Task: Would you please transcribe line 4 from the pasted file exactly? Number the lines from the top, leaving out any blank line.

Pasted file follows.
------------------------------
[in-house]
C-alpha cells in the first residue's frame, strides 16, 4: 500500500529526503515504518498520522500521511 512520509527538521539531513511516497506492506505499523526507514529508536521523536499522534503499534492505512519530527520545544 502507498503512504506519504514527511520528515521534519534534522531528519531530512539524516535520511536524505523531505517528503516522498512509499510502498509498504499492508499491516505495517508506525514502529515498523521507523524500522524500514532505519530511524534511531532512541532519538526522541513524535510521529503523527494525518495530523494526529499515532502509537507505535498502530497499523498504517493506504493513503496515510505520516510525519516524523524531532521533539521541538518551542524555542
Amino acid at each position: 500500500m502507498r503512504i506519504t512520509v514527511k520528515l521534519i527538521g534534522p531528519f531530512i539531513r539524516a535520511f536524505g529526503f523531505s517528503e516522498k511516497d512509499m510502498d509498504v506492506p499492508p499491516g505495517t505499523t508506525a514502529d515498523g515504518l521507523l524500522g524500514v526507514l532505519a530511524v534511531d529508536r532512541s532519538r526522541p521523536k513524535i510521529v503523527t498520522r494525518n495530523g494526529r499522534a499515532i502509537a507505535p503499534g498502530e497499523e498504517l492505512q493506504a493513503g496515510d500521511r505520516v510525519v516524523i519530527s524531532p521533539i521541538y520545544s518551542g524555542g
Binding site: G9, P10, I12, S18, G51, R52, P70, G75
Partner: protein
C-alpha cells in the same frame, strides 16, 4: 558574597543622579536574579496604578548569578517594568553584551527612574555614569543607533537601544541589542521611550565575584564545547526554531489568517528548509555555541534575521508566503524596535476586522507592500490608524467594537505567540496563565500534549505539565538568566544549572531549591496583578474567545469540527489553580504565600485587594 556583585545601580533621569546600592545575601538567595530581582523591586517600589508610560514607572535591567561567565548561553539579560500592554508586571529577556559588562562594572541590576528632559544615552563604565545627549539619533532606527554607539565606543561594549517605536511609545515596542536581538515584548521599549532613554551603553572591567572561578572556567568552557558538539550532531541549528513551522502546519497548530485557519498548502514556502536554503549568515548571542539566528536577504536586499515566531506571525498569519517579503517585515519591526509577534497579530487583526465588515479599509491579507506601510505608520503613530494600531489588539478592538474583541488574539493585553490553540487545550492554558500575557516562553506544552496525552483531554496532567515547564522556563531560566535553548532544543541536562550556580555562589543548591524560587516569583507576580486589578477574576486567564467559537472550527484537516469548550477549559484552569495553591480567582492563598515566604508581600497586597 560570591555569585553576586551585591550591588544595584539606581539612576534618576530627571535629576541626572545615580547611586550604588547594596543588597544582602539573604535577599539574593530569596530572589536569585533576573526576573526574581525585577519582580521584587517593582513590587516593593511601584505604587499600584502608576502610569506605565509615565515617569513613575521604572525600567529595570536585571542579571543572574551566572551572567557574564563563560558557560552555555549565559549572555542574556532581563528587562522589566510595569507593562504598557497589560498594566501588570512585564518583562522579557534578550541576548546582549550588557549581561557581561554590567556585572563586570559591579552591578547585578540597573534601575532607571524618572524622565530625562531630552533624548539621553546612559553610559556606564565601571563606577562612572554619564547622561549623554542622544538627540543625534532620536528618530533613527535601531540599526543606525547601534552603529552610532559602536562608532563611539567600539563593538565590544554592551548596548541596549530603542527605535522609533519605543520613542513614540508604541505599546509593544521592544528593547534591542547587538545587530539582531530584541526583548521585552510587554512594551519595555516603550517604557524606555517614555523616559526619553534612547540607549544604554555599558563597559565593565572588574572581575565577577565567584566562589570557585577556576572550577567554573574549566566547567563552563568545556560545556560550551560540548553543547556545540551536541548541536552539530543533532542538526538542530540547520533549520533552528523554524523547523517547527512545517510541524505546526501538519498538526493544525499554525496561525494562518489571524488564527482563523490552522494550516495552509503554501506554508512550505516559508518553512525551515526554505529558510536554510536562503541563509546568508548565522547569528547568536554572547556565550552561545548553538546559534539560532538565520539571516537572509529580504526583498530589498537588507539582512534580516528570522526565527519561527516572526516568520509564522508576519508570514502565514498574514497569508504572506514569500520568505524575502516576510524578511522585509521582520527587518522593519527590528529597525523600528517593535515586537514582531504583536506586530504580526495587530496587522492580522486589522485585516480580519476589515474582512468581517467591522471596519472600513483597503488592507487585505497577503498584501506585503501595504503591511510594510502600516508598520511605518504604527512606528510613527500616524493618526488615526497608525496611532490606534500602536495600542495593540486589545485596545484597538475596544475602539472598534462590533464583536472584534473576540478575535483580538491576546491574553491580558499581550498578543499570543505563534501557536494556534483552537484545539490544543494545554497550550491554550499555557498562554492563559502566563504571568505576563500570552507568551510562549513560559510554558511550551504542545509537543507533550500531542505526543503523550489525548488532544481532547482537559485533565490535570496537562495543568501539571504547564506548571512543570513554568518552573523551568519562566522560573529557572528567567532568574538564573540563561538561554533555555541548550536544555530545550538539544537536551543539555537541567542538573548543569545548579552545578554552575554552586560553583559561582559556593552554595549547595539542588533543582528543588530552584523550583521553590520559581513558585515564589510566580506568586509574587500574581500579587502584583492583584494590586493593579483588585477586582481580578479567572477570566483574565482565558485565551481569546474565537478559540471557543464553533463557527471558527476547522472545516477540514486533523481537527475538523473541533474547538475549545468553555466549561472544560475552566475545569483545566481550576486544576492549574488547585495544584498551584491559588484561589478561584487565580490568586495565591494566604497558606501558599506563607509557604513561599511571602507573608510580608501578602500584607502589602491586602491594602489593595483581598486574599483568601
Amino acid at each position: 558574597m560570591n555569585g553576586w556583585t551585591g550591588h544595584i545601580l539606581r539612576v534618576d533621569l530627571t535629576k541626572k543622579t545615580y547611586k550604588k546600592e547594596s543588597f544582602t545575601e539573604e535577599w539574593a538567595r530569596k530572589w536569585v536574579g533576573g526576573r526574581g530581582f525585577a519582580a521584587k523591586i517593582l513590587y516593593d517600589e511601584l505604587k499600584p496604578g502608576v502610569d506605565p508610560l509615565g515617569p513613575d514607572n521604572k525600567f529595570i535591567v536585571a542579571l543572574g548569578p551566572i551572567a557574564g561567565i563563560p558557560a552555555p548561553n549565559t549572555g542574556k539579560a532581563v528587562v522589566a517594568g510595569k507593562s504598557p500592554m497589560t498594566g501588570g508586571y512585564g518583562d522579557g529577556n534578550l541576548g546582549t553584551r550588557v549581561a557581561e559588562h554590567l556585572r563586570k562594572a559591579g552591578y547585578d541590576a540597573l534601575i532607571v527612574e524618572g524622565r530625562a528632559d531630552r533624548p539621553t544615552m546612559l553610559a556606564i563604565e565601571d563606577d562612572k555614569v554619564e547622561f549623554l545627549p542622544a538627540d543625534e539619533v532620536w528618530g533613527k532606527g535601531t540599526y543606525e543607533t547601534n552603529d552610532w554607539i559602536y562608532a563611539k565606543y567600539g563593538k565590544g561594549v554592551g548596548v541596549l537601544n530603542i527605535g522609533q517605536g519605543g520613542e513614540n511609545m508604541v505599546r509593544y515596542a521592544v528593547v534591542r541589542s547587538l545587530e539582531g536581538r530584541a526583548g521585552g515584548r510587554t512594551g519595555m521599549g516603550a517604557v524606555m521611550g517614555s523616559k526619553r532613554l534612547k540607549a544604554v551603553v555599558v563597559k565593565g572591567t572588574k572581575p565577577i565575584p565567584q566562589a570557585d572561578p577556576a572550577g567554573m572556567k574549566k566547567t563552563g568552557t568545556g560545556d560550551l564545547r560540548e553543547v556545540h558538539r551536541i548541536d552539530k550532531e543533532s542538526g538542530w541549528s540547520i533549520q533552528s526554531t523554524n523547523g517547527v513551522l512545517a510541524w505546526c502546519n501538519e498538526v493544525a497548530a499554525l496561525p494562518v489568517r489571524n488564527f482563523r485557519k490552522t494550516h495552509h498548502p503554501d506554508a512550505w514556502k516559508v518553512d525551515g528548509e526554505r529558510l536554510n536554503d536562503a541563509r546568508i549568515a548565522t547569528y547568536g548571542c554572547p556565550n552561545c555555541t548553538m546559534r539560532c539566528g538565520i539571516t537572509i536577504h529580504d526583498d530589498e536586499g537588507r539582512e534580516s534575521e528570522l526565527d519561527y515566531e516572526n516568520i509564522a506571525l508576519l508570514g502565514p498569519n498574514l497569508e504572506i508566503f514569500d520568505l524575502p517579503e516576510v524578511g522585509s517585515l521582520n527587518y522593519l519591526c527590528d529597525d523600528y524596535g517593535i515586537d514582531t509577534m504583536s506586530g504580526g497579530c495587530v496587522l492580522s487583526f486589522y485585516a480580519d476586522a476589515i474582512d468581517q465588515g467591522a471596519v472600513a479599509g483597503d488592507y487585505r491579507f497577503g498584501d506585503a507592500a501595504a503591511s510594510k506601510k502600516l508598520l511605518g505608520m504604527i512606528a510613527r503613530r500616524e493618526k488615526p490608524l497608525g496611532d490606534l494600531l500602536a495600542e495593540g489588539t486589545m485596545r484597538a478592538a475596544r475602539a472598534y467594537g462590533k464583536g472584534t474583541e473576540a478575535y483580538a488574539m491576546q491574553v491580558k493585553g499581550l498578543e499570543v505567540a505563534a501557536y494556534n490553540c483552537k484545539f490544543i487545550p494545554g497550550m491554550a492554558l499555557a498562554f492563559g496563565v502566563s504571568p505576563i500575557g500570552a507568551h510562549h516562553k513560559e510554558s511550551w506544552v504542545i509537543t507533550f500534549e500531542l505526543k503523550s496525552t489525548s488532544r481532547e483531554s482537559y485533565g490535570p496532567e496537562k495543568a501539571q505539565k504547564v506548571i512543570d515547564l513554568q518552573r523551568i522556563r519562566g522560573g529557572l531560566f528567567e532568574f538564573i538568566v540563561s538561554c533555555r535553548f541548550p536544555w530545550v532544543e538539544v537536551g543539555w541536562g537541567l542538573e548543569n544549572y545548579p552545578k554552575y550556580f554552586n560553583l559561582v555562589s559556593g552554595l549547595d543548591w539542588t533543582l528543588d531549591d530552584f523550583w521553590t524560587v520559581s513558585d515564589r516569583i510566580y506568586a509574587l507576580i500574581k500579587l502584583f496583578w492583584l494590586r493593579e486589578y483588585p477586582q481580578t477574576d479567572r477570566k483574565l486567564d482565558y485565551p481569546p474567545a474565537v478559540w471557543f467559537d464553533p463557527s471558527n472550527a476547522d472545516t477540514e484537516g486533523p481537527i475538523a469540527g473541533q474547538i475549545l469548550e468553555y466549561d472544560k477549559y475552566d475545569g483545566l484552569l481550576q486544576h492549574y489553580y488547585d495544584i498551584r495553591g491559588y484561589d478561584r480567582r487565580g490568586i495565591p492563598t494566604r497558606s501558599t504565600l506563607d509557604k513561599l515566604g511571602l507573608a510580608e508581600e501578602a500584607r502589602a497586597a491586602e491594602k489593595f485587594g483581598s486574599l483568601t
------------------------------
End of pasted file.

Binding site: G9, P10, I12, S18, G51, R52, P70, G75